11 Questions: Justin Smith

interview by Brent Cole

photo by Sarah Van Houten

Justin Smith is one of those guys around town that kind of hides in the shadows, but plays a huge roll in the music scene. With his time in Snug Harbor and owner of NorthWest Sound Studios, he’s been an integral part of the Bellingham funk scene. On top of his keyboard collection and deep soul, Justin is an incredible cool and wondrous person.


Who are you and where did you come from? Please tell us about yourself.

Hi low, my parents named me Justin Smith and I hail from Sioux Falls, South Dakota. I moved out here in 2006 after graduating from USD with the vision of attending WWU for grad school and now I’m apparently permanently magnetized to this glamorous land we call Bellingham, Washington. I’m obsessed with all things music, outdoors and basketball. I play keys with Snug Harbor, Sour Note, UNO Momento, Soul United All-stars and hit drums for Hot Cotton. I also am an owner at NorthWest Sound Studio doing all things recording.


Last fall you befriended keyboard god, Bernie Worrell. You played keys at the Bernie Benefit before he passed in June. As a fellow keyboardist, what did you learn from his playing?

There are only a handful of musicians in history that can be identified through just their voice on an instrument. Bernie was certainly one of them, specifically on the Hammond organ, Hohner Clavinet and a Moog Model D. He didn’t just play the instrument, he played through it, he connected with the instrument and through those tools, he might scare you, relax you, surprise you, he could made it growl, purr, hiss, scream, whisper or cry.  He could exercise power or restraint, create tension or release. He was never scared to “just go for it” meaning he would pioneer experimental sounds on the fly using drawbars on the organ or any, if not all of the modulations on a synthesizer. I think that’s one of the fundamental reasons Bernie’s sound was so futuristic even in the 70s is he was always reaching for fresh original different sounds that were different than what everyone else was doing. One thing is for sure once you understand his sound and playing style, you can pick him out of a line up of a room full of keyboardist.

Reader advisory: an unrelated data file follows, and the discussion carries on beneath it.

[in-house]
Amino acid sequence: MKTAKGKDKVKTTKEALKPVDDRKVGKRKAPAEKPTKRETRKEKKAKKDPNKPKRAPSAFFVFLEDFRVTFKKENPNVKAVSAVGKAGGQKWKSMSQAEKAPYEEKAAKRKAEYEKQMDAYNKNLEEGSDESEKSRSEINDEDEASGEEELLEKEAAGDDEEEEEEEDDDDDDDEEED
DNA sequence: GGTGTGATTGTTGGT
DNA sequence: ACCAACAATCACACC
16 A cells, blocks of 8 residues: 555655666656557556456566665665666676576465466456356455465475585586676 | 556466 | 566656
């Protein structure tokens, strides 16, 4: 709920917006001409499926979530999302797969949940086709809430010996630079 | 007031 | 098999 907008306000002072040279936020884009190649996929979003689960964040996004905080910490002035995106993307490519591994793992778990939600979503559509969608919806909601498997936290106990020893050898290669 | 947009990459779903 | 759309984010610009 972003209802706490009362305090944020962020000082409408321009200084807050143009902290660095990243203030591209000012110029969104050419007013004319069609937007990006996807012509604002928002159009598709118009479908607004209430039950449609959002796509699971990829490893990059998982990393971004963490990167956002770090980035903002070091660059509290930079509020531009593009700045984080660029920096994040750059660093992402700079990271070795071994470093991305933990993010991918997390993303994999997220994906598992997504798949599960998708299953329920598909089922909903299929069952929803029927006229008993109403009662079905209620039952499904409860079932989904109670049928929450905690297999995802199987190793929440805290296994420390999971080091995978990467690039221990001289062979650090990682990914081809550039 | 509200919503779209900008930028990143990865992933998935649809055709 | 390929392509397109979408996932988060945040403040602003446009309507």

Can you describe what it was like playing on stage at the Bernie benefit with Bernie and Tim Alexander of Primus? Did you have nerves, initially?

Surreal… Hands down one of my favorite gigs of my career helping coordinate some of my talented musical friends together with Tim and Bernie to play for Bernie’s benefit. I’ve known Tim Alexander for about 4 or 5 years and we have always been good friends. I thought it seemed fitting to ask him if he wanted to play drums with Snug Harbor featuring Dr. Bernie Worrell and also connecting Tim with Bernie for the first time. I’ve had the pleasure of playing a few shows with Bernie from the Wild Buffalo, my living room, to assisted living homes and he is one of the most humble, kind and encouraging musicians I’ve ever had the pleasure of playing with.

I can’t say that I ever had any “nerves” about the actual set. The band had the songs down in rehearsal, Tim is certainly qualified to point guard the rhythms and Bernie wrote all the songs we played so the most challenging part was going into the gig without ever playing in that arrangement. Soundcheck was dialed, we talked about a few minor details and the show went even better and everyone got to share an amazing rare night of music in little Bellingham, WA!


If you weren’t playing funk, what other genre of music would you find yourself in?

Easy, Afrobeat or Afro Cuban! Anything that embraces a lot of rhythm I will naturally be listening to. I also have a deep love for jazz, boogaloo, fusion, big band, but afrobeat is like funky big band. It’s incredible. I have been arranging, writing and recording a lot of Afrobeat based songs lately with a couple of new groups ta’ boot, so keep your ear to the ground!


Along with being a musician, you are part of NorthWest Sound Studios. How did you become involved on the recording side of music and who are some of the bands that have played there?